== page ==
This site uses the Prototype.js JavaScript library, primarily for the excellent AJAX methods.  But there's a lot more to the library designed to simplify cumbersome methods and make your code work cross-browser without worries.


The developers, though, have gone a bit overboard in places, not letting standards get in their way of imposing their own will on language semantics, including modifying core JavaScript objects.  Adding onto the Array object caused the return of functions with the IN keyword.


In simplistic terms, they broke a keyword (or the keyword was broken, just not fully implemented, per se).


To write a foreach loop (a loop that goes through every element in an array without requiring the knowledge of the key for each element) can be written like this:



for(var key IN array) {

  ...

}



Where key is the array index key for the element for each time through the loop, allowing you to access the element by simply array[key].


Here's an example


<script type="text/javascript">

var array = ['A', 'B', 'C'];

for (var key in array)

{

  document.write(array[key]);

}

</script>



Nice and easy, outputs


ABC


Now let's do nothing to the code at all, but import the Prototype.js file.  Remember, Prototype doesn't execute anything when you load it.



<script type="text/javascript" src="http://thevgpress.com/js/prototype.js"></script>

<script type="text/javascript">

var array = ['A', 'B', 'C'];

for (var key in array)

{

  document.write(array[key]);

}

</script>



Let's check the output:


ABCfunction(iterator,context){var index=0;iterator=iterator.bind(context);try{this._each(function(value){iterator(value,index++)})}catch(e){if(e!=$break)throw e;}return this}function(number,iterator,context){iterator=iterator?iterator.bind(context): Prototype.K;var index=-number,slices=[],array=this.toArray();while((index+=number)=result)result=value});return result}function(iterator,context){iterator=iterator?iterator.bind(context): Prototype.K;var result;this.each(function(value,index){value=iterator(value,index);if(result==undefined||valueb?1:0}).pluck('value')}function(){return[].concat(this)}function(){var iterator=Prototype.K,args=$A(arguments);if(Object.isFunction(args.last()))iterator=args.pop();var collections=[this].concat(args).map($A);return this.map(function(value,index){return iterator(collections.pluck(index))})}function(){return this.length}function(){return'['+this.map(Object.inspect).join(', ')+']'}function(iterator,context){iterator=iterator.bind(context);var result;this.each(function(value,index){if(iterator(value,index)){result=value;throw $break;}});return result}function(iterator,context){iterator=iterator.bind(context);var results=[];this.each(function(value,index){if(iterator(value,index))results.push(value)});return results}function(object){if(Object.isFunction(this.indexOf))if(this.indexOf(object)!=-1)return true;var found=false;this.each(function(value){if(value==object){found=true;throw $break;}});return found}function(){return this.map()}function () { [native code] }function () { [native code] }function(){this.length=0;return this}function(){return this[0]}function(){return this[this.length-1]}function(){return this.select(function(value){return value!=null})}function(){return this.inject([],function(array,value){return array.concat(Object.isArray(value)?value.flatten():[value])})}function(){var values=$A(arguments);return this.select(function(value){return!values.include(value)})}function(){return this.length>1?this:this[0]}function(sorted){return this.inject([],function(array,value,index){if(0==index||(sorted?array.last()!=value:!array.include(value)))array.push(value);return array})}function(array){return this.uniq().findAll(function(item){return array.detect(function(value){return item===value})})}function(){return[].concat(this)}function(){var results=[];this.each(function(object){var value=Object.toJSON(object);if(value!==undefined)results.push(value)});return'['+results.join(', ')+']'}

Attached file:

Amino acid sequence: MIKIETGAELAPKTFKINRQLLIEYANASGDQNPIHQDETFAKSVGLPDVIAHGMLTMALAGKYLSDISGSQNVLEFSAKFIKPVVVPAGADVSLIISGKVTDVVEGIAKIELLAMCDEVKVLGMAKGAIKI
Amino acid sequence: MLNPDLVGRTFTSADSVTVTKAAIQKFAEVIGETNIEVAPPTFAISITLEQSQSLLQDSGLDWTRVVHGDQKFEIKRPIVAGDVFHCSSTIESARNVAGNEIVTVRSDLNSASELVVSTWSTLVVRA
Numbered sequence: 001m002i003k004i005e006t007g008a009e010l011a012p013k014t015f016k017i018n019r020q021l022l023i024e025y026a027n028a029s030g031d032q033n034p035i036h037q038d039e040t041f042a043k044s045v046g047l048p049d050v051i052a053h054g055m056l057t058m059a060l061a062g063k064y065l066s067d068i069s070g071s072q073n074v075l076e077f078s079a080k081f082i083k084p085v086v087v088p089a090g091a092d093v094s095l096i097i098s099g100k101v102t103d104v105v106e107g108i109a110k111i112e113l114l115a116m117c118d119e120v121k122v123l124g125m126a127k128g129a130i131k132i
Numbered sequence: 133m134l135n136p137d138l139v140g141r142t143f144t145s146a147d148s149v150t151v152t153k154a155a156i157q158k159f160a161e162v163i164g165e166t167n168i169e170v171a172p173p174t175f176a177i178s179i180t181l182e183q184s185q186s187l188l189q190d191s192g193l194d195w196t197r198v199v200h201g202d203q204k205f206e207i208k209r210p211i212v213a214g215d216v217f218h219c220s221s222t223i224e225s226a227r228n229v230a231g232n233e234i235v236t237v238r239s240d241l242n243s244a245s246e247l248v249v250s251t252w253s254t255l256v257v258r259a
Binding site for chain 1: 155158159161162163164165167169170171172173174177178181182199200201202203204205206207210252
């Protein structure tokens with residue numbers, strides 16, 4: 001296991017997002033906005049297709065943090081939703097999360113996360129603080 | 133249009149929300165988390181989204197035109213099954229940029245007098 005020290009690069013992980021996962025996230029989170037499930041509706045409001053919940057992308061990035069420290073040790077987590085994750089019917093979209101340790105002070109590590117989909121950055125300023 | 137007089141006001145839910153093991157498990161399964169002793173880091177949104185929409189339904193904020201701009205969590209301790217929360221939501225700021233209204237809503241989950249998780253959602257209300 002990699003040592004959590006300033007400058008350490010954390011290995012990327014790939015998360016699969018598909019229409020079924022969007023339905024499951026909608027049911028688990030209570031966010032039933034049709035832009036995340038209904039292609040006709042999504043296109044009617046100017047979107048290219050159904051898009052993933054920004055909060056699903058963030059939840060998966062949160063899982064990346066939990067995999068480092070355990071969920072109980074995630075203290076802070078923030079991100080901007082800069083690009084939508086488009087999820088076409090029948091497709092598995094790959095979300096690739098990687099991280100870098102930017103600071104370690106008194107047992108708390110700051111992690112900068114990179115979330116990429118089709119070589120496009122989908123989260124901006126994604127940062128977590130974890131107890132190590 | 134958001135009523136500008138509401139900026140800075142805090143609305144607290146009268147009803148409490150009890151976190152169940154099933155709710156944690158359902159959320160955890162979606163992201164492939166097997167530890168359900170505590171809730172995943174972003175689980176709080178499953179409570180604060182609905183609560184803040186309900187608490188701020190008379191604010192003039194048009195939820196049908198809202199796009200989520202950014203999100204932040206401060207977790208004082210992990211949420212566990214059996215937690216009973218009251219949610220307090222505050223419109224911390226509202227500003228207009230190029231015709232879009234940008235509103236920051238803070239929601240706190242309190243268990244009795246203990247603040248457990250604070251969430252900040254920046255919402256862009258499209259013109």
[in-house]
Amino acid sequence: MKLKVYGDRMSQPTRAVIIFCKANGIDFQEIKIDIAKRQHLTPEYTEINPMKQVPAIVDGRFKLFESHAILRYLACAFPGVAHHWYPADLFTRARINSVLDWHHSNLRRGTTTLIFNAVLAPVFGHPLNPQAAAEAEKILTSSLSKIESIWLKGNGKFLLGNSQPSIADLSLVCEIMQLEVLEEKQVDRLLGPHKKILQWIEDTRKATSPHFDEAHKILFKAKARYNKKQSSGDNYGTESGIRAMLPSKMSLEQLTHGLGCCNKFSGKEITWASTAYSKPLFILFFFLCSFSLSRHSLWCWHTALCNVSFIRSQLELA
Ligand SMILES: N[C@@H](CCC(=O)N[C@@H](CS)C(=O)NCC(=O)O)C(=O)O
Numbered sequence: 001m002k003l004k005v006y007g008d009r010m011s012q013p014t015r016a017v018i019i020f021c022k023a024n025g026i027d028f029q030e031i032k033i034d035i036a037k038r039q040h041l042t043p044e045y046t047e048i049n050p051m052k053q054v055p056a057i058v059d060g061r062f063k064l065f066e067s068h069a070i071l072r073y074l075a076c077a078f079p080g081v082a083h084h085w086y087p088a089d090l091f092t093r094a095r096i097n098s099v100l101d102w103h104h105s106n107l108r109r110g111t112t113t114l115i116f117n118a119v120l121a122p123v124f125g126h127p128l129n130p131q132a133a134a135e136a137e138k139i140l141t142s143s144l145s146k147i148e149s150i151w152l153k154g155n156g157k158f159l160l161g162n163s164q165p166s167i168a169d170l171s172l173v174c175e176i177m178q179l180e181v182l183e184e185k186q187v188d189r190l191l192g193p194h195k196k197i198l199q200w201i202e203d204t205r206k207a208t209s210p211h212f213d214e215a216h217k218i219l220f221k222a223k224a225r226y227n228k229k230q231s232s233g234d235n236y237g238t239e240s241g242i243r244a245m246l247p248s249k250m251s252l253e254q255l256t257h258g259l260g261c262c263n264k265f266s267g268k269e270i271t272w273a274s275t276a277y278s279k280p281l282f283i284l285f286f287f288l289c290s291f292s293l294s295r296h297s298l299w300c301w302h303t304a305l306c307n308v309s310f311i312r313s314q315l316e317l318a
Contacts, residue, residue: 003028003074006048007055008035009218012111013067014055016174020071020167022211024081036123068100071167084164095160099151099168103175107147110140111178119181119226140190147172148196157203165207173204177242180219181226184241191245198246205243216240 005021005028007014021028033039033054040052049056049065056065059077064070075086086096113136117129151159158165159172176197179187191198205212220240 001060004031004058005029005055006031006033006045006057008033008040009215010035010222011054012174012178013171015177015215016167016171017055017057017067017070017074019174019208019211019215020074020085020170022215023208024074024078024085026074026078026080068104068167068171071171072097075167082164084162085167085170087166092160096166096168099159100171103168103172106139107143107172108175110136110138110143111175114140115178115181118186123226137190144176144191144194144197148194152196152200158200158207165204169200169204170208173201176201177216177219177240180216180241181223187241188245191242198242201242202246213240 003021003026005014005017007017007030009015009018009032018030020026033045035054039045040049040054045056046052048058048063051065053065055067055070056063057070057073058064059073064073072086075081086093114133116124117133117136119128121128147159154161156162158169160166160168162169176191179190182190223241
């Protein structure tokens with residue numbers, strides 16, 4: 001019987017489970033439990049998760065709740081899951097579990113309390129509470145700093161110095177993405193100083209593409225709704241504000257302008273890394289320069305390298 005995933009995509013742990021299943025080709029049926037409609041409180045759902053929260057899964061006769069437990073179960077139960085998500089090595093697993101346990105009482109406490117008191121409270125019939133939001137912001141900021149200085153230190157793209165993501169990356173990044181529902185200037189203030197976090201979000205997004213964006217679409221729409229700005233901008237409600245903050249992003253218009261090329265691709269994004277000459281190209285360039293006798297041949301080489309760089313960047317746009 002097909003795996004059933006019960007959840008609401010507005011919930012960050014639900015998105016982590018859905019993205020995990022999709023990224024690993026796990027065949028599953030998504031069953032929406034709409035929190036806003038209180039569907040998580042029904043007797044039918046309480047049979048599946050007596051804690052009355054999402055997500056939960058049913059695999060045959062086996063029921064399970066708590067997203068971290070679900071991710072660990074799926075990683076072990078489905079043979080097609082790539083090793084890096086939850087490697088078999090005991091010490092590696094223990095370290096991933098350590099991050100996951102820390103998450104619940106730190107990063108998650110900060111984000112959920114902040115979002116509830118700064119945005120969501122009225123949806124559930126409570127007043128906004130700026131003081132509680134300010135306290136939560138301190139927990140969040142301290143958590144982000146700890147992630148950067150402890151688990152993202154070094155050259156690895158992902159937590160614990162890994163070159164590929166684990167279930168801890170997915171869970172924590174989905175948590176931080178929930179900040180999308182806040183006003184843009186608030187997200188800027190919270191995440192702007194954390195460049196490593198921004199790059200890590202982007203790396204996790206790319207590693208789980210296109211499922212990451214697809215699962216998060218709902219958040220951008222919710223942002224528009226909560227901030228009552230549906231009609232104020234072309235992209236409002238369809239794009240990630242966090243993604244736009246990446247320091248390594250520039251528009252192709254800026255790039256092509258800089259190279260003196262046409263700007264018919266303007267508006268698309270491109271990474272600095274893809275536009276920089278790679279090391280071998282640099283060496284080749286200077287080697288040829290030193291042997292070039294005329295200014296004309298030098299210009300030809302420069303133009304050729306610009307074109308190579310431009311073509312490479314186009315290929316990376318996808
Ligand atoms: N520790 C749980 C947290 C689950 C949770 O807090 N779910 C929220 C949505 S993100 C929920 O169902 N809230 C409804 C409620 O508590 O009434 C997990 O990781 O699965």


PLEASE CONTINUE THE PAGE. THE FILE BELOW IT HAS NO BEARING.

Not exactly what we want.


There are a couple ways to work around this.  If you want to continue to the use the conventional JavaScript foreach loop using the IN keyword, here's an example of how to dodge the weird Prototype glitch:



<script type="text/javascript">

var array = ['A', 'B', 'C'];

var len = array.length;

var count = 0;

for (var key in array)

{

  if(count >= len)

    break;

  else

    ++count;

  document.write(array[key]);

}

</script>



This doesn't affect the actual length of the array and the functions it returns are at the end, so making sure you only process the correct number of elements eliminates the problem.


Alternatively, you can use the Prototype built-in function for enumerating elements (though this only works on numeric indexes).



<script type="text/javascript">

var array = ['A', 'B', 'C'];

array.each(function(element) {

  document.write(element);

});

</script>



Or, perhaps simplest, setting the array initially to an Object type to wipe out any extension, and hence any weird returns.  This however, is dependent on Object not being extended.



<script type="text/javascript">

var array = new Object();

array = ['A', 'B', 'C'];

for (var key in array)

{

  document.write(array[key]);

}

</script>



Having to work around Prototype defeats its purpose in the first place.
Posted by Ellyoda Sun, 11 Jan 2009 23:20:02 (comments: 2)
 
Tue, 13 Jan 2009 03:23:03
I'm going to pretend I understand.

..........

..............


OO AX U
 
Wed, 14 Jan 2009 21:40:06
Is that... code? In the output? What kind of sick monster would do this?!
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